Weekly Selection 6 December 2019

Niall Ferguson, The New Cold War? It’s With China, and It Has Already Begun

(The New York Times, December 2, 2019)

The famous historian says that Cold War II started in 2019, and that though the US and China can probably avoid a hot war, it is still a daunting prospect. What started out as a trade war is rapidly metamorphosing into a cluster of other conflicts, but this cold war will be very different from the previous one: it won’t feature nuclear brinkmanship or proxy wars, and will probably confine itself to an economic and technological competition between two systems (reads in 5-6 min).

Paul Collier, Greed Is Dead

(Times Literary Supplement, December 6, 2019)

This is a great review of five new books that each in their own way explains why Economic Man (“duly characterized not just as greedy, lazy and selfish, which to some extent we all are, but as only greedy, lazy and selfish”) is a travesty. In well-functioning societies, humans construct and abide by a vast web of kindness and mutual obligations of which Economic Man would be incapable. Collier’s conclusion: “Economic Man is well-entrenched and will linger for years, but he is now beset by evidence that will cumulatively kill him off. Social psychology and anthropology have shown that people have some predisposition towards fairness and meeting obligations” (10 min).

Ivan Rogers, Ivan Rogers on Brexit: the worst is yet to come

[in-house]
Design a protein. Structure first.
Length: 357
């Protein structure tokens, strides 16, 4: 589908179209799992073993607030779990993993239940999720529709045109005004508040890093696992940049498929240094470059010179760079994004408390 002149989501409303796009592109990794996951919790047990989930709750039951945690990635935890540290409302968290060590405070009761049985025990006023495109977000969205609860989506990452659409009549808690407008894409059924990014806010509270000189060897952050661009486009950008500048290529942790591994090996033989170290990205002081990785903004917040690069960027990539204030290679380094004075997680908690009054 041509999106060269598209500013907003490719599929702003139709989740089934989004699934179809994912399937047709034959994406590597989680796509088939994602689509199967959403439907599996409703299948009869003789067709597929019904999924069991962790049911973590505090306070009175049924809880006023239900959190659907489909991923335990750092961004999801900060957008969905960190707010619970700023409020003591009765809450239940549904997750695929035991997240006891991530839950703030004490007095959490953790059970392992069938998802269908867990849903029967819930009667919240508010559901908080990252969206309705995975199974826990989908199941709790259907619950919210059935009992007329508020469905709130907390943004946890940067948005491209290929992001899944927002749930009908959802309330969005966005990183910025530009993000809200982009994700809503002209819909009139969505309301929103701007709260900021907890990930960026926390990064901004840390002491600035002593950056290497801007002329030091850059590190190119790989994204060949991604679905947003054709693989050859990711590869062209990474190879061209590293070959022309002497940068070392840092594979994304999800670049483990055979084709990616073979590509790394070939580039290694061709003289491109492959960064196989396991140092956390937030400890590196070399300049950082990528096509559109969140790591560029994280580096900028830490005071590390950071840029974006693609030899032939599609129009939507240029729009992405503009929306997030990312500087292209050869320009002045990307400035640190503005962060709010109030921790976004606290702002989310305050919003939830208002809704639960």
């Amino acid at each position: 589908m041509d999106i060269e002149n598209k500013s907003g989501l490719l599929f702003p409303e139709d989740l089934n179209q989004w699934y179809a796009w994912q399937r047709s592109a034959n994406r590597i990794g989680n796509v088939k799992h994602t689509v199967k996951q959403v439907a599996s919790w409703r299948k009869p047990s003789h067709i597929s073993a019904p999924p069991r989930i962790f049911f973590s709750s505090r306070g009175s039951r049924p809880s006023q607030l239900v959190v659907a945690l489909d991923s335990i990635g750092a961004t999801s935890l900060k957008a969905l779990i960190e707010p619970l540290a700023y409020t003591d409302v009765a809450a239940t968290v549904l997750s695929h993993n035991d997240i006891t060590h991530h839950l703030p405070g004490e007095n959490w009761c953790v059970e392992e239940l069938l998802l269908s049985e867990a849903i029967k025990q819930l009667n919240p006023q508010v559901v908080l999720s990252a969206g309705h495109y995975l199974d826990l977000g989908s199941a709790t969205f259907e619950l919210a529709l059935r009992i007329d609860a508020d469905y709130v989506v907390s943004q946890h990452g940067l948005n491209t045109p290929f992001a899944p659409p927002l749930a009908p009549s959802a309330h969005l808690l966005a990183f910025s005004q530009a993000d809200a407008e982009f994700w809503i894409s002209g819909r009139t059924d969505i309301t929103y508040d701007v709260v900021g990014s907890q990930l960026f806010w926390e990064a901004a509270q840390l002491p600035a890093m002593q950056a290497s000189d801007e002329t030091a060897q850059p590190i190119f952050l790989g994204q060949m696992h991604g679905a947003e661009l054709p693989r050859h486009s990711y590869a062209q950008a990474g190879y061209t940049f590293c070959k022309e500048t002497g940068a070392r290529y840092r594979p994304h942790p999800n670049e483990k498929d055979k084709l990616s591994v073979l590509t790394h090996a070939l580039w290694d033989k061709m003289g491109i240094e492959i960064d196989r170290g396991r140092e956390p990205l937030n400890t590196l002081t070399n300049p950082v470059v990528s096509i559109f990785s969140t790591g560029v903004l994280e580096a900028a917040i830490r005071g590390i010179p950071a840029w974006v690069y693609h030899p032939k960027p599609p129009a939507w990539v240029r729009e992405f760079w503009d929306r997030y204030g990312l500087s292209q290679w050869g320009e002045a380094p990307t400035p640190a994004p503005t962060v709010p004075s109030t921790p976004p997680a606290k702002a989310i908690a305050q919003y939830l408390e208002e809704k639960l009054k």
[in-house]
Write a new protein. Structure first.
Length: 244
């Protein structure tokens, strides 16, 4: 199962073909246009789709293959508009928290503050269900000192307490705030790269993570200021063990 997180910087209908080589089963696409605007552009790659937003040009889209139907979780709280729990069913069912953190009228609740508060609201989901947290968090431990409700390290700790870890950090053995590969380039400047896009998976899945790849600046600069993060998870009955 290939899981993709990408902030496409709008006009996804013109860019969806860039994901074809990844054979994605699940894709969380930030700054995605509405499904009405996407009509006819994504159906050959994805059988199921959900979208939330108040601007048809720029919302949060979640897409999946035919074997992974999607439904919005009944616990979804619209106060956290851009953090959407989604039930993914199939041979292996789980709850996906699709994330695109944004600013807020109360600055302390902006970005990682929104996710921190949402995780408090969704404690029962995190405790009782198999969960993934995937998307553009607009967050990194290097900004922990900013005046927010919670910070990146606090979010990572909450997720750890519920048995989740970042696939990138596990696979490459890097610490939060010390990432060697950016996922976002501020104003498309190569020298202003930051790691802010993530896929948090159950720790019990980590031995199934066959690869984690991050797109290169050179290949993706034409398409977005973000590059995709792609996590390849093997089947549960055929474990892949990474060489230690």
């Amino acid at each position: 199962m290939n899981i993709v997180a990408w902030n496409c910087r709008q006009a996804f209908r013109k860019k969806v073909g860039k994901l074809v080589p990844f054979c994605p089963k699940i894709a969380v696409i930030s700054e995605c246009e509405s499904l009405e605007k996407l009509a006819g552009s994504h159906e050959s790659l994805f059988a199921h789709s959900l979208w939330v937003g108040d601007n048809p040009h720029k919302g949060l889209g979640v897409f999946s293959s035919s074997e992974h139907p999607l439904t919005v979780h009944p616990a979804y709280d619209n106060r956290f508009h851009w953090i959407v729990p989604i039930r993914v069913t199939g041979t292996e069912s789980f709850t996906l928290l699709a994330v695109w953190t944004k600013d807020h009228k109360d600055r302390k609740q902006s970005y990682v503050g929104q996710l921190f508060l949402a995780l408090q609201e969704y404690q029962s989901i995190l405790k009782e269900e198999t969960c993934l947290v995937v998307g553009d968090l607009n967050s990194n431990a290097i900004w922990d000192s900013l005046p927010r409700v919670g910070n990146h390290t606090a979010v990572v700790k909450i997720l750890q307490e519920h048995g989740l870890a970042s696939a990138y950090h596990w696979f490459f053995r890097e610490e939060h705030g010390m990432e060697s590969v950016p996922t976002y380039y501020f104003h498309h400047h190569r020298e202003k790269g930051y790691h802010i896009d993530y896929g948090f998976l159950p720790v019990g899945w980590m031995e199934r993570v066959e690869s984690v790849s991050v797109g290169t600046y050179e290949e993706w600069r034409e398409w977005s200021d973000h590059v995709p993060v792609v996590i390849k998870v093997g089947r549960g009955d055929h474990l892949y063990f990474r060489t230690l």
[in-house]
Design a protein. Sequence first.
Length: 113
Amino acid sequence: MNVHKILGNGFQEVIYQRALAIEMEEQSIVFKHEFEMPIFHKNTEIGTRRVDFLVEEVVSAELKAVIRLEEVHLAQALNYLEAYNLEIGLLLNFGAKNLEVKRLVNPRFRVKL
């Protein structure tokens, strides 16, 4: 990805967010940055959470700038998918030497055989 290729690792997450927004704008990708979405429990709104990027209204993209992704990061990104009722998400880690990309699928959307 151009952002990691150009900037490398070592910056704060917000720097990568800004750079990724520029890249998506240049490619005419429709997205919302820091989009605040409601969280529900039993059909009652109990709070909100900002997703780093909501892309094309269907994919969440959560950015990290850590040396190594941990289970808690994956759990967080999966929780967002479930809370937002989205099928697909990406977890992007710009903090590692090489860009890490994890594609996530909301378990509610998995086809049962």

(Prospect, November 25, 2019)

The coming UK general election (Dec. 12) and the likely victory of Boris Johnson won’t end Brexit uncertainty. Ivan Rogers – the former UK ambassador to the EU – explains why the biggest crisis of Brexit actually still lies ahead of us in late 2020. His speech is rather long (20 min+), but essential reading for those willing to comprehend what’s in store. His conclusion: “I believe we may be heading inexorably both to a “no trade deal” short-medium term, and a very difficult relationship after that. That is in neither side’s best interest. But it might require real vision from both to avoid it”.

Nurith Aizenman, Researchers Find A Remarkable Ripple Effect When You Give Cash To Poor Families

(NPR, December 2, 2019)

Abundant research has conclusively concluded that the most effective way to help the world's poor is to give them cash (with no strings attached) instead of goods like food or services like job training. A major new study goes further, suggesting that the whole community benefits from individual aid: in this particular experiment, every dollar in cash aid increased total economic activity in the area by $2.60 with local inflation of less than 1%. Cash transfers work! (reads in about 7-9 min).

Marina Koren, The False Promise of Morning Routines

(The Atlantic, December 2, 2019)

The undying genre of self-help literature churns out a relentless number of books about how to improve our personal productivity and wellbeing… Most of them are hopeless! This article helps us understand why everyone’s mornings seem more productive than our own. The simple truth: there are no foolproof rules and being productive in the morning is not simply a matter of strength and determination (reads in 6-7 min).